Reply

      >>> I hope Microsoft tells them to stuff it.

      Microsofts PARAKEET proposal

      “At Microsoft, we are committed to fostering a healthy web ecosystem where everyone can thrive – consumers, publishers, advertisers, and platforms alike. Protecting user privacy is foundational to that commitment and is built into Microsoft Edge with features like Tracking Prevention, Microsoft Defender SmartScreen, and InPrivate browsing. We also support an ad-funded web because we don’t want to see a day where all quality content has moved behind paywalls, accessible to only those with the financial means.”

      How noble:

      “We also support an ad-funded web because … rhabarba … rhabarbarum …”

      Still any question?

      → https://github.com/WICG/privacy-preserving-ads/blob/main/Parakeet.md#introduction

  12. Yuliya said on April 14, 2021 at 4:49 pm
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    I doubt we’ll see this crap in Ungoogled-Chromium either.

  13. Clemens Ratte-Polle said on April 14, 2021 at 9:47 pm
    Reply
    1. Peterc said on April 15, 2021 at 11:22 pm
      Reply

      @Clemens Ratte-Polle:

      In the grander scheme of Internet things, *most* of us are getting “floced” to at least *some* degree… I *was* going to write “we are all *so* floced,” but I know someone, somewhere uses nothing but Tor Browser on Tails from the back seat of a car, while wearing a Guy Fawkes mask, hiding under a blanket, and freeloading on someone else’s secured WiFi that he’s hacked into. ;-)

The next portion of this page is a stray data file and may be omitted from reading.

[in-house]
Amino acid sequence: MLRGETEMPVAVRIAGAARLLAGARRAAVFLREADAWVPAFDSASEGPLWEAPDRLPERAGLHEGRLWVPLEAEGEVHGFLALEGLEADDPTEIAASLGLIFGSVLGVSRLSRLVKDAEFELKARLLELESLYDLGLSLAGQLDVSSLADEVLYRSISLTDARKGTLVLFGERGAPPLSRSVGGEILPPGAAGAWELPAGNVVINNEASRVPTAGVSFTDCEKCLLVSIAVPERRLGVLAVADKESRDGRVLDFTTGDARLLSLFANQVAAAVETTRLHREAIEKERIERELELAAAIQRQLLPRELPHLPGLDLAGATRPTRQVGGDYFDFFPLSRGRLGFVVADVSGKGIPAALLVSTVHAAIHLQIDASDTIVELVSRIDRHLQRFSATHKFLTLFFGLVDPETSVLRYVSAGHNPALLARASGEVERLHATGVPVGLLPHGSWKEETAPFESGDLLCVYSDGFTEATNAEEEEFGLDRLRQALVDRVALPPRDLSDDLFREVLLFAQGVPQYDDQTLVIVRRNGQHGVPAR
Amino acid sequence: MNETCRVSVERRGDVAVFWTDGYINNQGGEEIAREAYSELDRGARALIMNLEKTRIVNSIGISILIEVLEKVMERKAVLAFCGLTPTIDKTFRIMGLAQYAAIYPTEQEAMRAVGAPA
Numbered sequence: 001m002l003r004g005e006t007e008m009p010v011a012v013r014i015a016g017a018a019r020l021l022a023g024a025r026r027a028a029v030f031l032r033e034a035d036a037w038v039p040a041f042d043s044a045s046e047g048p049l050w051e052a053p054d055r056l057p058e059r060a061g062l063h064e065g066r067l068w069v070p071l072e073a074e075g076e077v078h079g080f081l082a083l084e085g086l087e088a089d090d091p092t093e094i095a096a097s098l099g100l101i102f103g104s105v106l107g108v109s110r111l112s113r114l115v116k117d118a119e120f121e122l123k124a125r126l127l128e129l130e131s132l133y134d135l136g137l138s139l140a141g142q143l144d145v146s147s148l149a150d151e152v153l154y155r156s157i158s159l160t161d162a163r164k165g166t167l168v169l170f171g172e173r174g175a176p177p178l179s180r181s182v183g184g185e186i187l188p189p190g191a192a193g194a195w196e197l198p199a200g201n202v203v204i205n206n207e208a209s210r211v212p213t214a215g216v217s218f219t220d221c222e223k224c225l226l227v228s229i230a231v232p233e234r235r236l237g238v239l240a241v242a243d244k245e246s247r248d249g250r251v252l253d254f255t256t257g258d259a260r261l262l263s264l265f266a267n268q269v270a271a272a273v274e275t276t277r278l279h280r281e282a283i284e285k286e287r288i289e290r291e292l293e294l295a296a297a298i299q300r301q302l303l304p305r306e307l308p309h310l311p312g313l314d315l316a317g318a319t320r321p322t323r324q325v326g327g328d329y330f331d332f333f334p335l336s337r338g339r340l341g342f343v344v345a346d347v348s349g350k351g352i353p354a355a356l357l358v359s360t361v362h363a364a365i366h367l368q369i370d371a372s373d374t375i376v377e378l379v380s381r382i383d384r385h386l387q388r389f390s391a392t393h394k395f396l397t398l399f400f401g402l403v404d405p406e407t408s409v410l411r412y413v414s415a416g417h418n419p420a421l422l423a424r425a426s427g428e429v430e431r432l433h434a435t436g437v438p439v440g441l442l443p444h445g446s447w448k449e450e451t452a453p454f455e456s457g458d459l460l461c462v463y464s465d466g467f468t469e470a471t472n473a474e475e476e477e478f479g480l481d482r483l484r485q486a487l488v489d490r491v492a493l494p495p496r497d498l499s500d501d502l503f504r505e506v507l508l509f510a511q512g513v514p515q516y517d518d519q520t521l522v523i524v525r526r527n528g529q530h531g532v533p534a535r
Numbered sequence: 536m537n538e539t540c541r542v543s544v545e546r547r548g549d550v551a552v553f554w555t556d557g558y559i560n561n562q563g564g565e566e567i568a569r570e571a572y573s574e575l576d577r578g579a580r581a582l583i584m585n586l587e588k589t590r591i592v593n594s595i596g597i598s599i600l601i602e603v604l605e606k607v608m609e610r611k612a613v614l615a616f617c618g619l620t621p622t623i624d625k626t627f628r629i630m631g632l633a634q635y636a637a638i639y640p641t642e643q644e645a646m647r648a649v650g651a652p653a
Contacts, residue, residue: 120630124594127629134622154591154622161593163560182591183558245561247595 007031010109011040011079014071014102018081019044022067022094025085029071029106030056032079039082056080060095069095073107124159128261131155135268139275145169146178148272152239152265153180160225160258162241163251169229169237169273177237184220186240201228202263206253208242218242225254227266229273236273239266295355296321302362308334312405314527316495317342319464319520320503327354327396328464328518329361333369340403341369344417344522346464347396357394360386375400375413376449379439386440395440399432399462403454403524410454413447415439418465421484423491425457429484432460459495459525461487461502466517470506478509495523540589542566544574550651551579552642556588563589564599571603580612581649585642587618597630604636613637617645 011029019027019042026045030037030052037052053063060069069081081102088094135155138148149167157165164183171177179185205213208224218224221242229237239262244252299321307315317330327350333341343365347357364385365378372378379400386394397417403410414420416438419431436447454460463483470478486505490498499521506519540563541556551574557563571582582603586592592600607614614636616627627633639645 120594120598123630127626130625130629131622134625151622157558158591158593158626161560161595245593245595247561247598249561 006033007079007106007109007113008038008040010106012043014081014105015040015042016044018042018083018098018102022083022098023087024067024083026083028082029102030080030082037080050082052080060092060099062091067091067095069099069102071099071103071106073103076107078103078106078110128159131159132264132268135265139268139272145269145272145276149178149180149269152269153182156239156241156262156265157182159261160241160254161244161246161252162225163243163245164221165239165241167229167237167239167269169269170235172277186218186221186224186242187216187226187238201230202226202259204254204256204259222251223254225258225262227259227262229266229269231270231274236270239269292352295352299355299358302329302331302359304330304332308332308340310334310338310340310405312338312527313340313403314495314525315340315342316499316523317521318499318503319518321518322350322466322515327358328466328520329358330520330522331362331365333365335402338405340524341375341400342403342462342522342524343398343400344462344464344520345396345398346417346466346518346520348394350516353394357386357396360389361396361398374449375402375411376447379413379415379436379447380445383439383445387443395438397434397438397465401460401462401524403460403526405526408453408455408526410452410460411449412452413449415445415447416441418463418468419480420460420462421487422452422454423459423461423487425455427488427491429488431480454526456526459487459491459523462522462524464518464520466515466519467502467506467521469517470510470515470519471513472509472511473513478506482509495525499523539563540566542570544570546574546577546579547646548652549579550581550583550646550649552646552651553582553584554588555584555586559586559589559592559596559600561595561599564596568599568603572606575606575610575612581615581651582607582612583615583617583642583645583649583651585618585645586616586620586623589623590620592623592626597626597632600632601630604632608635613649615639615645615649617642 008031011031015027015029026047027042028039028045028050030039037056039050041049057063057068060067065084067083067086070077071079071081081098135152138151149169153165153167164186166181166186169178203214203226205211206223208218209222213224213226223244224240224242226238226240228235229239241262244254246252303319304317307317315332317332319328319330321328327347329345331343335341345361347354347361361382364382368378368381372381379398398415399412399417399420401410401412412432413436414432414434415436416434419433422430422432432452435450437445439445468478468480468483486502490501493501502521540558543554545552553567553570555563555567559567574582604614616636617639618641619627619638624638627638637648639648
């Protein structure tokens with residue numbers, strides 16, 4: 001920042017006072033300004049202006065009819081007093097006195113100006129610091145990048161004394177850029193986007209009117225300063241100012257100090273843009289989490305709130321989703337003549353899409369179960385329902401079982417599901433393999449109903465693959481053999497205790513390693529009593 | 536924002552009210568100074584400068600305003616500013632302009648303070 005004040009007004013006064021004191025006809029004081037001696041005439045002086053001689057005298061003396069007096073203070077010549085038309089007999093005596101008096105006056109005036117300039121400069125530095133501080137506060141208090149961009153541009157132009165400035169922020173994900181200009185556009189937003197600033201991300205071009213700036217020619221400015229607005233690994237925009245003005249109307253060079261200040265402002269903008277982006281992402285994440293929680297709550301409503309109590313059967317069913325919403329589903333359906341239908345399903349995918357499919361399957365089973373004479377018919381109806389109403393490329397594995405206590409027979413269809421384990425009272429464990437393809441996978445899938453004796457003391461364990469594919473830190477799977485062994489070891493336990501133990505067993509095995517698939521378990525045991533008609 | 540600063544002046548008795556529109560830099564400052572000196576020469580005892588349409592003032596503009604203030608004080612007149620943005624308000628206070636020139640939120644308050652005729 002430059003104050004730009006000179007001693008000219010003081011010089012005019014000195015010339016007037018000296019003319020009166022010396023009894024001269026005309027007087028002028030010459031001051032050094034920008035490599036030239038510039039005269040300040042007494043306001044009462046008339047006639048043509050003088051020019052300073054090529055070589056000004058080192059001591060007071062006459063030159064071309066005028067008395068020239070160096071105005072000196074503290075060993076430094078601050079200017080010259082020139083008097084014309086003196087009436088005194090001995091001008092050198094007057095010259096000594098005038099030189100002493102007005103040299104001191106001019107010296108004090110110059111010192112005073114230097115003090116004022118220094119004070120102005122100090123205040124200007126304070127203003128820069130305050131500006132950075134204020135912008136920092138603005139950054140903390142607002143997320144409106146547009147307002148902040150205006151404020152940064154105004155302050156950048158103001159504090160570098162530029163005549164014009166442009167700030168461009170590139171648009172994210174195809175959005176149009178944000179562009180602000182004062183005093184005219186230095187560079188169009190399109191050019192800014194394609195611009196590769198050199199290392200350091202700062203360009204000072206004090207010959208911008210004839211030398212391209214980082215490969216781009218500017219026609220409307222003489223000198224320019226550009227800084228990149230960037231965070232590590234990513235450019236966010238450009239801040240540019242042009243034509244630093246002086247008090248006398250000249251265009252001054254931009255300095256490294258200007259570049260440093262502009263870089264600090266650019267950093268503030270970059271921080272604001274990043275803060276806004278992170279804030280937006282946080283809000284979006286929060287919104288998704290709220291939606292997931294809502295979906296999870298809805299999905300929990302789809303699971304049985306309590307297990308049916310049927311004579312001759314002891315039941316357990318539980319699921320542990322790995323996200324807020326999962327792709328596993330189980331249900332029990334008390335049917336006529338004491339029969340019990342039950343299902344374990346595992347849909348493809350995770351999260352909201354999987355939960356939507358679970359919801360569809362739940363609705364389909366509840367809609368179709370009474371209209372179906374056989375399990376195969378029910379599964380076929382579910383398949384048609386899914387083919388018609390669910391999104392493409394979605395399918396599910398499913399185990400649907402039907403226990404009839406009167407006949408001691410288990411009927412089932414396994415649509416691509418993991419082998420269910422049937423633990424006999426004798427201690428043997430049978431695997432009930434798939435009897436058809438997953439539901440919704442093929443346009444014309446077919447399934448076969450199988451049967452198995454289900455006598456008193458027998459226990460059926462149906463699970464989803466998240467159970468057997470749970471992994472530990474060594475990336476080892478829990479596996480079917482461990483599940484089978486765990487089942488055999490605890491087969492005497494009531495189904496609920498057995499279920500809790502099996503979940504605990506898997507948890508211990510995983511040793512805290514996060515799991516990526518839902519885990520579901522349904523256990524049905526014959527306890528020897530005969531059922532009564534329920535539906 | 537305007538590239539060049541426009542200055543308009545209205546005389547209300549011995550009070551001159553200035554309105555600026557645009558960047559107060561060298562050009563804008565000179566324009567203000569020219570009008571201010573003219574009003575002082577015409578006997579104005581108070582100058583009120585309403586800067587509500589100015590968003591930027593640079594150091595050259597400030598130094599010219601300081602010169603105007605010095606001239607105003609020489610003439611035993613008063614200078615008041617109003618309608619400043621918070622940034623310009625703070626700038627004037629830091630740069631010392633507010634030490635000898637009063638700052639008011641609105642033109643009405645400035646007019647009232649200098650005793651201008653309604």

14. Anonymous said on April 16, 2021 at 6:11 am
    Reply

    Maybe Vivaldi should say no to Google Safebrowsing too, and unique IDs, and spurious connections to amazon etc, and newtab bs. Meet the new guy … same as the old guy, just like the rest of the gang making noise.

    1. Iron Heart said on April 16, 2021 at 8:40 am
      Reply

      @Anonymous

      https://github.com/Eloston/ungoogled-chromium

      https://github.com/bromite/bromite

      These browsers have none of the issues you criticize, although in case of SafeBrowsing you could just disable it in Vivaldi’s settings really…

    2. Honorius said on April 16, 2021 at 10:14 am